- Reserves and exports data both expected to show deterioration
- Prime Minister Najib says Malaysia economy on sound footing
The ringgit extended the week’s losses on concern the erosion of Malaysia’s foreign-exchange reserves will further hurt investor sentiment in an economy reeling from falling oil prices and a political scandal.
The reserve holdings have fallen 19 percent this year to $94.5 billion and data on Friday for the last two weeks of August may show the extent of central bank ringgit purchases to prop up Asia’s worst-performing currency this year. Australia & New Zealand Banking Group Ltd. sees a figure of around $92 billion. Growth in exports may also have slowed in July following June’s rebound from two-months of contraction, according to a Bloomberg survey before tomorrow’s report.
“Any signs of further reserve draw-down or narrowing in the trade balance will hurt sentiment further toward the ringgit,” said Khoon Goh, a strategist at Australia & New Zealand Banking Group in Singapore. “The dollar’s strength isn’t helping.”
The ringgit fell 0.8 percent to 4.2455 a dollar in Kuala Lumpur, adding to Wednesday’s 1.1 percent decline, according to prices from local banks compiled by Bloomberg. It reached a 17-year low of 4.2990 on Aug. 26. The Bloomberg U.S. Dollar Index, which tracks the greenback versus 10 major currencies, rose 0.1 percent after gaining 0.3 percent yesterday.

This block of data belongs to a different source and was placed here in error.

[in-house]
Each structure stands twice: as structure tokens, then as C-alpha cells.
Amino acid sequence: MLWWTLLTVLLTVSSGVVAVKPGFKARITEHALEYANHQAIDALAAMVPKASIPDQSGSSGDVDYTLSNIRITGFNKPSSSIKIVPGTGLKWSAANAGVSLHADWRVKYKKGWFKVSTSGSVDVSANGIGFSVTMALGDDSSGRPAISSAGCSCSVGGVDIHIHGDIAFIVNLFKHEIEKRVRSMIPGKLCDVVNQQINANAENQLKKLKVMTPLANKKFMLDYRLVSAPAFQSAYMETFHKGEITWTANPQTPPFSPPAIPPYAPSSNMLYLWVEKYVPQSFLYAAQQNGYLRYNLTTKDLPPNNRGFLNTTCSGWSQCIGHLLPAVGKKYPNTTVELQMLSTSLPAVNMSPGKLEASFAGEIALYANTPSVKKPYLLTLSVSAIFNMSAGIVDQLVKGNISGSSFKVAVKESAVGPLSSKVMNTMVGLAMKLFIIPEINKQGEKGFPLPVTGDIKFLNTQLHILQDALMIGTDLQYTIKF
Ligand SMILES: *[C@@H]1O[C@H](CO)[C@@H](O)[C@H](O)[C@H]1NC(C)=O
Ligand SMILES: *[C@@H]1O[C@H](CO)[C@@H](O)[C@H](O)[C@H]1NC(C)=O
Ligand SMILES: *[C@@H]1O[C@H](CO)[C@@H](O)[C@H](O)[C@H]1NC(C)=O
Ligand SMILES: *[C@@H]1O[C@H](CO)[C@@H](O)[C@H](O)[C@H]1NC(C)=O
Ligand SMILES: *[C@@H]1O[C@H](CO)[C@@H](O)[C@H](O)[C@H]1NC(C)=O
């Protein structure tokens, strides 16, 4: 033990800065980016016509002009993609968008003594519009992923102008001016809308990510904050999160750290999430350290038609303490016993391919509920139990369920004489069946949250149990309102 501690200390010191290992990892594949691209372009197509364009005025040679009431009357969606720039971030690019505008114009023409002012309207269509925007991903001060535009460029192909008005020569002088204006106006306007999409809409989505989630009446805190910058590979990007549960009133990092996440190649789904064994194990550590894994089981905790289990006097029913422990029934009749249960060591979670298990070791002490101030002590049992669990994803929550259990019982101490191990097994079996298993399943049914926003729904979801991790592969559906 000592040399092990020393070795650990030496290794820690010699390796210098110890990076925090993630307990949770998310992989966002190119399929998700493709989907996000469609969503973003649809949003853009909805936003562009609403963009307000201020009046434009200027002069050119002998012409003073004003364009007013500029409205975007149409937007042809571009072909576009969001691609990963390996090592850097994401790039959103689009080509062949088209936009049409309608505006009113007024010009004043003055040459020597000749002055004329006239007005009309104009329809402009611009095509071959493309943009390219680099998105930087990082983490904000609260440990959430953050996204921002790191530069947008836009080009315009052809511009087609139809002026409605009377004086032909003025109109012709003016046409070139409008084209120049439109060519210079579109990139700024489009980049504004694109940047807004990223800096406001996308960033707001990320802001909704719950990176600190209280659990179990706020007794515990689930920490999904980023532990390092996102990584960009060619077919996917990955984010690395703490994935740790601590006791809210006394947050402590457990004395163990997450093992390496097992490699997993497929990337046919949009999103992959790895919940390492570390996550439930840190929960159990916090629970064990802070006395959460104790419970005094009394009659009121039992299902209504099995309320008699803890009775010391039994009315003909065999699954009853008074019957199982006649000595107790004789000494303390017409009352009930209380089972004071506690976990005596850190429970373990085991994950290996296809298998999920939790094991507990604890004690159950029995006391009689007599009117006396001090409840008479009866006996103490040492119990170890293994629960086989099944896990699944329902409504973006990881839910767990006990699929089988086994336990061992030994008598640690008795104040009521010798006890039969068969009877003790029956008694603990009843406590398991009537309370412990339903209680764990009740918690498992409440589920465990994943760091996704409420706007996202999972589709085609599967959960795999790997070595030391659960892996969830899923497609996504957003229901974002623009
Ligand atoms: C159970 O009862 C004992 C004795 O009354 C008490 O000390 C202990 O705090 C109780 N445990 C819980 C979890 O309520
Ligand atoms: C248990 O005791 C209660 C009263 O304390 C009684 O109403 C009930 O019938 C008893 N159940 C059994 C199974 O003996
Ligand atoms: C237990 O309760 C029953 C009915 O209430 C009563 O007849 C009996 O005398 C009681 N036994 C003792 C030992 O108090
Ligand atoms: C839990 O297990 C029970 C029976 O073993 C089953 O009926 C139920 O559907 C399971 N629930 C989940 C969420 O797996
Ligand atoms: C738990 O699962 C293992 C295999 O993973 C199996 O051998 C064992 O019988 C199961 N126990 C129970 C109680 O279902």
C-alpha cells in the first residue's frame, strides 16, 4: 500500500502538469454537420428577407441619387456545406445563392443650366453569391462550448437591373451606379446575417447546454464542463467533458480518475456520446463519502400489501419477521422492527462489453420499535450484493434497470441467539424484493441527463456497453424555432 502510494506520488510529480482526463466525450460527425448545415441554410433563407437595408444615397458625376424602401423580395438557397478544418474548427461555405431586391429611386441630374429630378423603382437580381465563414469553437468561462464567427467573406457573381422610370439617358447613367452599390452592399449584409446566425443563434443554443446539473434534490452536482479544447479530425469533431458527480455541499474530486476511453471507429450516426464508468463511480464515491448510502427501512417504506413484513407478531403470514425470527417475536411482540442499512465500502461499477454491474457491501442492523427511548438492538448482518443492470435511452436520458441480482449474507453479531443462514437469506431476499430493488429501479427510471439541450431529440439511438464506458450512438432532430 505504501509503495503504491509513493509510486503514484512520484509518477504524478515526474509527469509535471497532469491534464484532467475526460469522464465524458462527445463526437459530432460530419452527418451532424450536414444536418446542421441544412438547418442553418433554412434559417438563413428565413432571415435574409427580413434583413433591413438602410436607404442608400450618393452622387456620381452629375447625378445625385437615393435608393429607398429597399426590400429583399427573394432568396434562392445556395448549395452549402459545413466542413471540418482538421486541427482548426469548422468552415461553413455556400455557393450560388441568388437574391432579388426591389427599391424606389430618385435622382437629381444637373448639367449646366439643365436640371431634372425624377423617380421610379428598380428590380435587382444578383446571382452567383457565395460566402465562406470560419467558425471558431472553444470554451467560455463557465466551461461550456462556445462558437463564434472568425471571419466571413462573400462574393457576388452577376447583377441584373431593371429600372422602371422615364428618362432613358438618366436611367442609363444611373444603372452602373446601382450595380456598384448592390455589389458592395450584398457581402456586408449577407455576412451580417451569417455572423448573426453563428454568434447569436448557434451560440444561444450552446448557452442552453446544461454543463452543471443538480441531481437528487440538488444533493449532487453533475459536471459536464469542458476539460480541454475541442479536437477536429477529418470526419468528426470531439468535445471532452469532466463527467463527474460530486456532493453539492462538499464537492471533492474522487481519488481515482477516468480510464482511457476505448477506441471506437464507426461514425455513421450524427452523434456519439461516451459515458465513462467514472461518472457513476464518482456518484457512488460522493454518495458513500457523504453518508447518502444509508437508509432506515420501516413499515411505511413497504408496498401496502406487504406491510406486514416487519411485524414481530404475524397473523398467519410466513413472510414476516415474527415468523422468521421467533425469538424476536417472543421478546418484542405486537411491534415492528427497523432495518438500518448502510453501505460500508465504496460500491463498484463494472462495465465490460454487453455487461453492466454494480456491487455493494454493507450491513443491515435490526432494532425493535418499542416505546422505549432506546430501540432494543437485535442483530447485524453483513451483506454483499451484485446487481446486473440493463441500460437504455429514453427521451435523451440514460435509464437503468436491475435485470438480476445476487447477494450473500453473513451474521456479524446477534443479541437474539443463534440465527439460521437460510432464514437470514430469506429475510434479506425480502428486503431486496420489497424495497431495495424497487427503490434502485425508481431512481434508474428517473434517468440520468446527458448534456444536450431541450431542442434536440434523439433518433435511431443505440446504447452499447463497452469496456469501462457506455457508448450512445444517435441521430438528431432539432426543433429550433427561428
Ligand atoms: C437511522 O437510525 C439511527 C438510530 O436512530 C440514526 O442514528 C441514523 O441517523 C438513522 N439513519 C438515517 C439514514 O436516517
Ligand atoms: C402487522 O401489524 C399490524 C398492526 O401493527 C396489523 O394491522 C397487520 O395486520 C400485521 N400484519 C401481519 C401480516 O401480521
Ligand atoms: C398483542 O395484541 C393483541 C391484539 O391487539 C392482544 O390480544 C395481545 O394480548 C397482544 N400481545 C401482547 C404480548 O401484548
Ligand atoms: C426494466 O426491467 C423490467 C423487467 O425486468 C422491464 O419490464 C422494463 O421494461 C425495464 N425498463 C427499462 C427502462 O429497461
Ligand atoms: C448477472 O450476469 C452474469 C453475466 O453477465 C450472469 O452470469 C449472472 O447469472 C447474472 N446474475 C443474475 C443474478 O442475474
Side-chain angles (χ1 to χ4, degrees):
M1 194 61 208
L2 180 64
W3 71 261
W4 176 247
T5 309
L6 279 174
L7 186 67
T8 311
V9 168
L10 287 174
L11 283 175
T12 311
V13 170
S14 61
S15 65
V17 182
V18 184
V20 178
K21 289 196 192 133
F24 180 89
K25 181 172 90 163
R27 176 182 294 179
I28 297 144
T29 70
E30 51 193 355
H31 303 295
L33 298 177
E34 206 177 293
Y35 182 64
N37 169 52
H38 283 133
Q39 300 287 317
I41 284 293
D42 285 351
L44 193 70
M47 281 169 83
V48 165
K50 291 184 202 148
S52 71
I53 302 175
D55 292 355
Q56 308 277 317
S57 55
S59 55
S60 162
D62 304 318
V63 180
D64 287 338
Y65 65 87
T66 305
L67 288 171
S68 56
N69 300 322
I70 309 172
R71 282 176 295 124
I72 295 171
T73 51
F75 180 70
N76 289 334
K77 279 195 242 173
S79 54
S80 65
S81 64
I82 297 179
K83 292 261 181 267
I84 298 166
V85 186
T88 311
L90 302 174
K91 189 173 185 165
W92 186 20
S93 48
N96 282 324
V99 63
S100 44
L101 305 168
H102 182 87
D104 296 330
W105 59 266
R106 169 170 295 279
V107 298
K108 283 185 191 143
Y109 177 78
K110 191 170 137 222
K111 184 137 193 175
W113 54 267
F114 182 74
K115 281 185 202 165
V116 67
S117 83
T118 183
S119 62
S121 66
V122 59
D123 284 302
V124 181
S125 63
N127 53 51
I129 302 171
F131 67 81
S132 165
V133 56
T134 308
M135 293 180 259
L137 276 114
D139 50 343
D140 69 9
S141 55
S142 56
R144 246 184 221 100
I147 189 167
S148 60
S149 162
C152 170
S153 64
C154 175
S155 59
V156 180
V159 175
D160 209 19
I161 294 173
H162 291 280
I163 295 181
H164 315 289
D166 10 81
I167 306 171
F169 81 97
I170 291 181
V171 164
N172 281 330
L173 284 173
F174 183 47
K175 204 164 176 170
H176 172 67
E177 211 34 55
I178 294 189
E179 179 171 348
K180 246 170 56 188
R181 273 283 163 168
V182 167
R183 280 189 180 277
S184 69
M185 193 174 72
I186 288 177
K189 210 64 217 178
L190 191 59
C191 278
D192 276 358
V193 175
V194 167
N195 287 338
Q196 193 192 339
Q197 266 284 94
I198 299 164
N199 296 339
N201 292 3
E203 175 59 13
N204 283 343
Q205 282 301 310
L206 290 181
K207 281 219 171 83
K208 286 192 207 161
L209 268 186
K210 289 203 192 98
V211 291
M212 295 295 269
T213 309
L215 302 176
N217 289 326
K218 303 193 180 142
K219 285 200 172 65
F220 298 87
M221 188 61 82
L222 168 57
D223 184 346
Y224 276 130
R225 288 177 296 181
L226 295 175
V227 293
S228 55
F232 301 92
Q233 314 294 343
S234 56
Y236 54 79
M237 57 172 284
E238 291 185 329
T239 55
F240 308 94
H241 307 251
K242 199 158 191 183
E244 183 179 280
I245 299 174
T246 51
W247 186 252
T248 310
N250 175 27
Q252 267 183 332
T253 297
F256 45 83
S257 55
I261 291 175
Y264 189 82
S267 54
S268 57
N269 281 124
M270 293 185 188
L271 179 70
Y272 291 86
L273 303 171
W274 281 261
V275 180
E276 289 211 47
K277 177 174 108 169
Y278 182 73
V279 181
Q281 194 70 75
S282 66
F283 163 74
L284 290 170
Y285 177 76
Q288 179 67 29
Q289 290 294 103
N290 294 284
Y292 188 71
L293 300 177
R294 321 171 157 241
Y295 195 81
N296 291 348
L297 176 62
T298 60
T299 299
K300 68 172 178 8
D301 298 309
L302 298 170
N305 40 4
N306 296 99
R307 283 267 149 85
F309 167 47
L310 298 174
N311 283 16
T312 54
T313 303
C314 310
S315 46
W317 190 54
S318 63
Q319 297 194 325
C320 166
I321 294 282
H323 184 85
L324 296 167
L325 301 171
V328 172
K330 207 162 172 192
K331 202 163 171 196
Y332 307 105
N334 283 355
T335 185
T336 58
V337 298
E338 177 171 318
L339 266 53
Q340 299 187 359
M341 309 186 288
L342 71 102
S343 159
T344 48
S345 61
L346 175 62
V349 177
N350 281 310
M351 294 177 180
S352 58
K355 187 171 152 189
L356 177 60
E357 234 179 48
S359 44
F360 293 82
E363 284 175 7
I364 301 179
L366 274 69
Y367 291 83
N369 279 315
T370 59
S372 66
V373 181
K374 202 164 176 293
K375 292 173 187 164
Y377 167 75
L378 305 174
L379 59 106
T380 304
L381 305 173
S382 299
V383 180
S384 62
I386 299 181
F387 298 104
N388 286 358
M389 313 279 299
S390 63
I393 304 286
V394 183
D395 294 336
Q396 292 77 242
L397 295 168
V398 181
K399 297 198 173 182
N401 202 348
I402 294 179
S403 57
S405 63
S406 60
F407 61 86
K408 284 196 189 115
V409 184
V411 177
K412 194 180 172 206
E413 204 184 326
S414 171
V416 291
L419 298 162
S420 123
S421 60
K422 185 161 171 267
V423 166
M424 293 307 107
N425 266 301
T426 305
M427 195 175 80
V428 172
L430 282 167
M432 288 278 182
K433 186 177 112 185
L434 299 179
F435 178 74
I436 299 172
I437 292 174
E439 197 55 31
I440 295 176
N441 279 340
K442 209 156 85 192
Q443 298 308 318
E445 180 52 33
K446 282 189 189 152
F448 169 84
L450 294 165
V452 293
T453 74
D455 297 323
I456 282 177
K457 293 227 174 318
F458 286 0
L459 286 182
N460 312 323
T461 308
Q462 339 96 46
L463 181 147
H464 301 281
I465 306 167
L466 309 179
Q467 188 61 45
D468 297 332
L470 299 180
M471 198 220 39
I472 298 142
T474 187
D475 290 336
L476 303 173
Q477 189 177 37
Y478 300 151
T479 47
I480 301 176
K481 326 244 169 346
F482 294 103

Asia’s only major net oil exporter has been hurt by the drop in Brent crude prices, which are down by about half from their year-ago level. A looming U.S. interest-rate increase is also spurring capital outflows, just as Prime Minister Najib Razak faces pressure to step down. Malaysia’s economic foundation is “strong” and local markets have been exposed to global volatility in recent months, he said during a speech in Kuala Lumpur Thursday.
Overseas shipments from the Southeast Asian nation rose 3.2 percent in July from a year earlier, slowing from 5 percent the previous month, according to the median estimate in a Bloomberg survey. The trade balance probably narrowed to 6.3 billion ringgit ($1.5 billion) from 7.98 billion ringgit.
Malaysia’s 10-year government bonds advanced, with the yield down one basis point at 4.26 percent, according to prices from Bursa Malaysia.